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Army study: Lack of GIs may force cut in mission goals

Here’s where things stand on the recruiting front for the Army. With only three months to go in fiscal 2005…
* The Army is 40 percent short of its goal of recruiting about 80,000.
* To meet that threshold, it would have to exceed its recruiting goals by an average of 2,600 individuals in each month.
* In June it exceeded its monthly goal by 507 recruits (the goal was just 5,650 new troops, the second-lowest total for the year).
* The Army failed to meet its recruiting goals in each of the preceding four months.

To fan the flames, the title of this internal report really says it all: “Stretched Thin: Army Forces for Sustained Operations.” They need more time to study it, they say. How about: Rummy’s policy is a f-a-i-l-u-r-e. Does that require additional review?

Numerous critics and outside defense policy groups have warned that the fighting in Iraq and Afghanistan has taxed the Army so badly that it will have difficulty meeting any new crises elsewhere, but the new assessment comes from an in-house undertaking prepared by the RAND Corp.’s Arroyo Center, the Army’s federally funded research institute.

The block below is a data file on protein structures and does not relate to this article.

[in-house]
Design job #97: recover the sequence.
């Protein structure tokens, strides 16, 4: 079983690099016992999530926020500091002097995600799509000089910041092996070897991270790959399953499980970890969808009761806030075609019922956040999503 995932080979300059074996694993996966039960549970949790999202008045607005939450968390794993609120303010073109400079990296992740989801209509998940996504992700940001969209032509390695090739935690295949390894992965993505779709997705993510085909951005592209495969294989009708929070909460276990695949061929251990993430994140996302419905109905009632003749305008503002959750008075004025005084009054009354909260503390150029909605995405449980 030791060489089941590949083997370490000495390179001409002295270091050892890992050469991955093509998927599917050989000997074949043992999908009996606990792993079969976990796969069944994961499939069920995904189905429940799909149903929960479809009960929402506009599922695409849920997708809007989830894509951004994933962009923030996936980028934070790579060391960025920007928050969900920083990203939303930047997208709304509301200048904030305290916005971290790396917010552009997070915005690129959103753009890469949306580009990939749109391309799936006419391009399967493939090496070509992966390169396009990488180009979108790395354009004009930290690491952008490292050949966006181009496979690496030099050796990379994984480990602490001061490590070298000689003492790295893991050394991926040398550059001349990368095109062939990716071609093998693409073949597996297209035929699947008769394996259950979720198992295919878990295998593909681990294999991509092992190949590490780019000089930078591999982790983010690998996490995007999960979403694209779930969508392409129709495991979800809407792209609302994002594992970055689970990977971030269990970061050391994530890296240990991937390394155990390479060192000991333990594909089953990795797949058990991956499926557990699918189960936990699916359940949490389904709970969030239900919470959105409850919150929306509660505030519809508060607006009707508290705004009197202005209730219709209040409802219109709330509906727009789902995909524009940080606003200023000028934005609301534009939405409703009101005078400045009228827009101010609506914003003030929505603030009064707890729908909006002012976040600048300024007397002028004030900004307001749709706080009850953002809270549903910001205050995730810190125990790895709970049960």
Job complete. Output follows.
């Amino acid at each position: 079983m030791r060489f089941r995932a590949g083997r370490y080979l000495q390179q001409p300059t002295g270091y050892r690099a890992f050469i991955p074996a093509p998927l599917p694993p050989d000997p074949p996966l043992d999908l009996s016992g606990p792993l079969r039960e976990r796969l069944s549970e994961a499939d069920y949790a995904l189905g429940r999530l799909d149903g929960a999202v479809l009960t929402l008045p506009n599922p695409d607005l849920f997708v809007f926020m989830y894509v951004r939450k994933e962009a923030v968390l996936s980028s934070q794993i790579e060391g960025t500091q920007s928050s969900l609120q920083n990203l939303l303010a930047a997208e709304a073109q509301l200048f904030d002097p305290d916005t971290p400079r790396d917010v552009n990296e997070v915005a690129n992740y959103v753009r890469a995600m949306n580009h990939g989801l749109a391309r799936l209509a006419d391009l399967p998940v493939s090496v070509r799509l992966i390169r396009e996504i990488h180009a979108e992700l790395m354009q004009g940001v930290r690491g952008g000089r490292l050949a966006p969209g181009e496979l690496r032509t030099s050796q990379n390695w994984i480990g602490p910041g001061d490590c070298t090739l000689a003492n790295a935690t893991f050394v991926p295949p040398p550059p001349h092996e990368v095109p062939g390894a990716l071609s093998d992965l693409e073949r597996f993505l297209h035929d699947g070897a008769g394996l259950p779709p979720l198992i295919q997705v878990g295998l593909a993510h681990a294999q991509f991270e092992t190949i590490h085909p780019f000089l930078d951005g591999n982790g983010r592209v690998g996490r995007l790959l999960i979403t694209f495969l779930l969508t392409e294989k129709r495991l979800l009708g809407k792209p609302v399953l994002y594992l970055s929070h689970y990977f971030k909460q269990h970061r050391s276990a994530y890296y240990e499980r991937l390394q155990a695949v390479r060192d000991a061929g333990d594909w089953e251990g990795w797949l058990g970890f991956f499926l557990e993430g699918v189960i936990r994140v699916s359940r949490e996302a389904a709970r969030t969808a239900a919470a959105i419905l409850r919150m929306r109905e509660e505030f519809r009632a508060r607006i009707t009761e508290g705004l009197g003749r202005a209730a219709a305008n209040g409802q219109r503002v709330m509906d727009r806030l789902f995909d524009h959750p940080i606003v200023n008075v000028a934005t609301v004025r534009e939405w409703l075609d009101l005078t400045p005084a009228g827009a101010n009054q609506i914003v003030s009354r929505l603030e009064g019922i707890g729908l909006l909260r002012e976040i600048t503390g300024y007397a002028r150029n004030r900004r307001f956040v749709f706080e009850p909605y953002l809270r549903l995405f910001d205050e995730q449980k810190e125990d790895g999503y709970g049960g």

“The challenge the Army faces is profound,” senior RAND analyst Lynn Davis, lead author of the report, said in a statement accompanying the study. “Any approach is fraught with risks and uncertainties, along with significant costs and some possible changes in the Army’s long-term goals.”

Even as the Army was studying the report, it announced Monday that it is augmenting its troop strength in Afghanistan this month with a battalion of the 82nd Airborne Division that just returned from Iraq in March.

…The report–“Stretched Thin: Army Forces for Sustained Operations”–was to have been released Monday, but a RAND spokeswoman said it had been postponed to allow “further review” by the Army. Nonetheless, Davis indicated the report raises significant questions about the Army’s future and the burdens the Pentagon and taxpayers will have to bear to field adequate forces.

The study further calls into question the Pentagon’s ability to carry out its policy of maintaining the capacity to fight two major regional wars simultaneously while also providing troops for national security at home and the war on terrorism.

Thanks to House Blender Paul for the pointer.

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